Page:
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Open Access Highly Accessed Methodology article

Empirical methods for controlling false positives and estimating confidence in ChIP-Seq peaks

David A Nix1*, Samir J Courdy1 and Kenneth M Boucher2

Author Affiliations

1 Huntsman Cancer Institute, Departments of Research Informatics, University of Utah, Salt Lake City, Utah, 84105, USA

2 Oncological Sciences, University of Utah, Salt Lake City, Utah, 84105, USA

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BMC Bioinformatics 2008, 9:523  doi:10.1186/1471-2105-9-523

Published: 5 December 2008

Abstract

Background

High throughput signature sequencing holds many promises, one of which is the ready identification of in vivo transcription factor binding sites, histone modifications, changes in chromatin structure and patterns of DNA methylation across entire genomes. In these experiments, chromatin immunoprecipitation is used to enrich for particular DNA sequences of interest and signature sequencing is used to map the regions to the genome (ChIP-Seq). Elucidation of these sites of DNA-protein binding/modification are proving instrumental in reconstructing networks of gene regulation and chromatin remodelling that direct development, response to cellular perturbation, and neoplastic transformation.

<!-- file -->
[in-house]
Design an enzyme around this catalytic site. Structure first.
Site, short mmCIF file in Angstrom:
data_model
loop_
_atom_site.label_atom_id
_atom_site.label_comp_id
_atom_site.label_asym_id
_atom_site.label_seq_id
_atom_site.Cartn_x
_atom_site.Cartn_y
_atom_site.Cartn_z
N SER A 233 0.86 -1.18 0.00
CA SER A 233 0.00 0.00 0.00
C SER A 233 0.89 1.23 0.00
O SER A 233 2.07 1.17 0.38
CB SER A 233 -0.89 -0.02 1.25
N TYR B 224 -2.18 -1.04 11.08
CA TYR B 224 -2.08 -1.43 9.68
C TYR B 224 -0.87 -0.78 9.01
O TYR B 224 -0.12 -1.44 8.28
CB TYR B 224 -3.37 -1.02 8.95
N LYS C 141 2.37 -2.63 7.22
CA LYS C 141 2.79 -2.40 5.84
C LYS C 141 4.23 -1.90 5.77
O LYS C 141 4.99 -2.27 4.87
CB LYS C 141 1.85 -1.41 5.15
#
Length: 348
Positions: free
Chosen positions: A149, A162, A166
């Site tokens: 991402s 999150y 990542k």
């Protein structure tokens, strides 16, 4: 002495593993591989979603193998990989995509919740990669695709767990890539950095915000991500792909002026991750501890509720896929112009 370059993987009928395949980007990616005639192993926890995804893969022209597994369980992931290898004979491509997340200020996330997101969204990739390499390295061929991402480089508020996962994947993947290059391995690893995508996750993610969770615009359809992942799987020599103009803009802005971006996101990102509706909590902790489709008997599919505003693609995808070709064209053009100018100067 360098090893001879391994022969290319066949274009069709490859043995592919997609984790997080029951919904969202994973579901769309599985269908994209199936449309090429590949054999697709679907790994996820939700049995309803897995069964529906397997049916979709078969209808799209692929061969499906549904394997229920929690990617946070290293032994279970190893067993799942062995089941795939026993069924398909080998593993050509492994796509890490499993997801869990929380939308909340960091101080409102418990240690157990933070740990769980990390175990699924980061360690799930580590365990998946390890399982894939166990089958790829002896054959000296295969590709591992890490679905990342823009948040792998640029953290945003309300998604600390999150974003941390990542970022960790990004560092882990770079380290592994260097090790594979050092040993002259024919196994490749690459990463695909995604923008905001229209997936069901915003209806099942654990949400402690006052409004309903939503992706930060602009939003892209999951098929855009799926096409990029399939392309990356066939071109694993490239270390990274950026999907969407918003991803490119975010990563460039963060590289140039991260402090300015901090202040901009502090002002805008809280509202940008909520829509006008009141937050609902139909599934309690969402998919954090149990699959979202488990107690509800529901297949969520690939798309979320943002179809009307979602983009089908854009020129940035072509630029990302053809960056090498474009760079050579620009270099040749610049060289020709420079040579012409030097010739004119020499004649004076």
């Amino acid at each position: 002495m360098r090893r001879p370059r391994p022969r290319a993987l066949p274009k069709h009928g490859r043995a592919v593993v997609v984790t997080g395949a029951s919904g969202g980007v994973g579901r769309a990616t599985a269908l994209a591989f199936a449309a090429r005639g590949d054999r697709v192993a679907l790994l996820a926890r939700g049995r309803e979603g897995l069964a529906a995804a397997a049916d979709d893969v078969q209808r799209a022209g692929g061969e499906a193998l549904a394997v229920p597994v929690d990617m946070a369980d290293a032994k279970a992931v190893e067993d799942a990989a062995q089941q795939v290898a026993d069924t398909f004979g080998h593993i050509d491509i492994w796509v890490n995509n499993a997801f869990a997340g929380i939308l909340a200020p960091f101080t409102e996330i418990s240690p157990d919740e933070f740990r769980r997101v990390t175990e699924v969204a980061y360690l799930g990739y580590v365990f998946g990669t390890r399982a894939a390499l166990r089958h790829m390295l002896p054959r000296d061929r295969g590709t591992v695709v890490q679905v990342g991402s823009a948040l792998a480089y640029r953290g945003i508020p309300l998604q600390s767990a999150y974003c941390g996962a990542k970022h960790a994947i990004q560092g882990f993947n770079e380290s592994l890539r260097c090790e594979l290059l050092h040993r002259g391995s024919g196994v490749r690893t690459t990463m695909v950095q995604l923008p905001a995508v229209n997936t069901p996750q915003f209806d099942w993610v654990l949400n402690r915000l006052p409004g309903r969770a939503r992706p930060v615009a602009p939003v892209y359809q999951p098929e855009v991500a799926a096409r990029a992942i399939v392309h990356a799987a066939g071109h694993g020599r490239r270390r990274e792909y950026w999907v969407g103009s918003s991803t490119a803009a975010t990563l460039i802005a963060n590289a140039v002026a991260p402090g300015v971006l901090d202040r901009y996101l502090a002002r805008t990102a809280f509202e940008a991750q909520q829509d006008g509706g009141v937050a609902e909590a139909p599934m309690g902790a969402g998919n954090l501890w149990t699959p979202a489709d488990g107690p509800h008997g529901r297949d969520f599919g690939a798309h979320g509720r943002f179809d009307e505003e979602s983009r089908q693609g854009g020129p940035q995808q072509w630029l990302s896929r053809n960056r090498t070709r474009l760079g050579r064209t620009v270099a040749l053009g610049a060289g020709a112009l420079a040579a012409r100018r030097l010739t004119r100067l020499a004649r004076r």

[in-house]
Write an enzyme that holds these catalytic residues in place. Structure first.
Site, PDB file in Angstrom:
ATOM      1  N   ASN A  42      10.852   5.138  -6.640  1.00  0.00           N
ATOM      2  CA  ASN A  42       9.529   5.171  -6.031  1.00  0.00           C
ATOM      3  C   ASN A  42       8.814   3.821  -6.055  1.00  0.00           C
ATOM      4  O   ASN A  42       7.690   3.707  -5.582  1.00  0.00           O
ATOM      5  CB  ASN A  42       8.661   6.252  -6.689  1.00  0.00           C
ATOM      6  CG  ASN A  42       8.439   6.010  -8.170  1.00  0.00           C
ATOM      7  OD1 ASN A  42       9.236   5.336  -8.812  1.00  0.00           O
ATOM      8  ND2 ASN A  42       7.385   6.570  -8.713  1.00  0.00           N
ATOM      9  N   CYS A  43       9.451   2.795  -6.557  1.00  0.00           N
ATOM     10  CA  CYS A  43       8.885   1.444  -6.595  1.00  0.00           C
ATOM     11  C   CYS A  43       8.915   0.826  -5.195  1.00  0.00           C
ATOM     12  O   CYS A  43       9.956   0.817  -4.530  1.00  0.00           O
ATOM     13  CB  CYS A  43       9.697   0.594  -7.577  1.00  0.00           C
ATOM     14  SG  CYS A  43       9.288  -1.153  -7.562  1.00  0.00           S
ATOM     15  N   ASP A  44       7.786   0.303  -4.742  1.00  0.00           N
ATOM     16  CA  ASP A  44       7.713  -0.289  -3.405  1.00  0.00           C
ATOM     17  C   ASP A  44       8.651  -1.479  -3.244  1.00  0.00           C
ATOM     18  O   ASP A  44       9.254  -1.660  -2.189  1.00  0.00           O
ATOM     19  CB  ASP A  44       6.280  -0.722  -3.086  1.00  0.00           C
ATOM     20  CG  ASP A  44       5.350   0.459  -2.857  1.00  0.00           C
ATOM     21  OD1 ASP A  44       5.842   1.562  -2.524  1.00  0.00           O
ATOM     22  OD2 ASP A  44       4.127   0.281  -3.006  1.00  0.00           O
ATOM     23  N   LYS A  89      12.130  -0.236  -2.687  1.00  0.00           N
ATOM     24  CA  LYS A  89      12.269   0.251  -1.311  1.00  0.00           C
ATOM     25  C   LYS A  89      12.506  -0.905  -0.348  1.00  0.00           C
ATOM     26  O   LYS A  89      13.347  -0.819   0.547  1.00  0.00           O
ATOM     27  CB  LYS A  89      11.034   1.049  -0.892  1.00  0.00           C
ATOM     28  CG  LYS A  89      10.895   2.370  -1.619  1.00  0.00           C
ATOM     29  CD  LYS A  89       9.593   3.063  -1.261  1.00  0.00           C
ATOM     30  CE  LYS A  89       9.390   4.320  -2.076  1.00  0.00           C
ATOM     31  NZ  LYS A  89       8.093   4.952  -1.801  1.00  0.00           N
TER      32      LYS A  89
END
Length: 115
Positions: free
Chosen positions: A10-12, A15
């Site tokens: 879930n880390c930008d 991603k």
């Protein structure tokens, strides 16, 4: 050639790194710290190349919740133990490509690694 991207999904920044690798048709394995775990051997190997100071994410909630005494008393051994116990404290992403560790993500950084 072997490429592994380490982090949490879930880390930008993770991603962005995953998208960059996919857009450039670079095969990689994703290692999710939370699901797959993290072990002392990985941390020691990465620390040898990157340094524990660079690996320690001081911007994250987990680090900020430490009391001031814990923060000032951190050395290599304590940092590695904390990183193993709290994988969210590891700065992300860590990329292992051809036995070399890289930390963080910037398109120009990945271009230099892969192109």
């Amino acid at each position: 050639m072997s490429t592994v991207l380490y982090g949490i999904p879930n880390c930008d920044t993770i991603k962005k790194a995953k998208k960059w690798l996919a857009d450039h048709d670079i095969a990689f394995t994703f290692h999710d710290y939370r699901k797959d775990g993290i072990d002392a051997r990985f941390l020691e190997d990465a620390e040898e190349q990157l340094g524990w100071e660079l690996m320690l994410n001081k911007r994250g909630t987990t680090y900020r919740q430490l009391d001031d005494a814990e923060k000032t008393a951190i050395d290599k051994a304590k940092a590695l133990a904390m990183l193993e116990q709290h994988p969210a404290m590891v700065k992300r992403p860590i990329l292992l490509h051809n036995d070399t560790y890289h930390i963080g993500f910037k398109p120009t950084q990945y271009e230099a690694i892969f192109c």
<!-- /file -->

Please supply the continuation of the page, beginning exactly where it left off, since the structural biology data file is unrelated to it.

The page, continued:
Results

Here we present a package of algorithms and software that makes use of control input data to reduce false positives and estimate confidence in ChIP-Seq peaks. Several different methods were compared using two simulated spike-in datasets. Use of control input data and a normalized difference score were found to more than double the recovery of ChIP-Seq peaks at a 5% false discovery rate (FDR). Moreover, both a binomial p-value/q-value and an empirical FDR were found to predict the true FDR within 2–3 fold and are more reliable estimators of confidence than a global Poisson p-value. These methods were then used to reanalyze Johnson et al.'s neuron-restrictive silencer factor (NRSF) ChIP-Seq data without relying on extensive qPCR validated NRSF sites and the presence of NRSF binding motifs for setting thresholds.

Conclusion

The methods developed and tested here show considerable promise for reducing false positives and estimating confidence in ChIP-Seq data without any prior knowledge of the chIP target. They are part of a larger open source package freely available from http://useq.sourceforge.net/ webcite.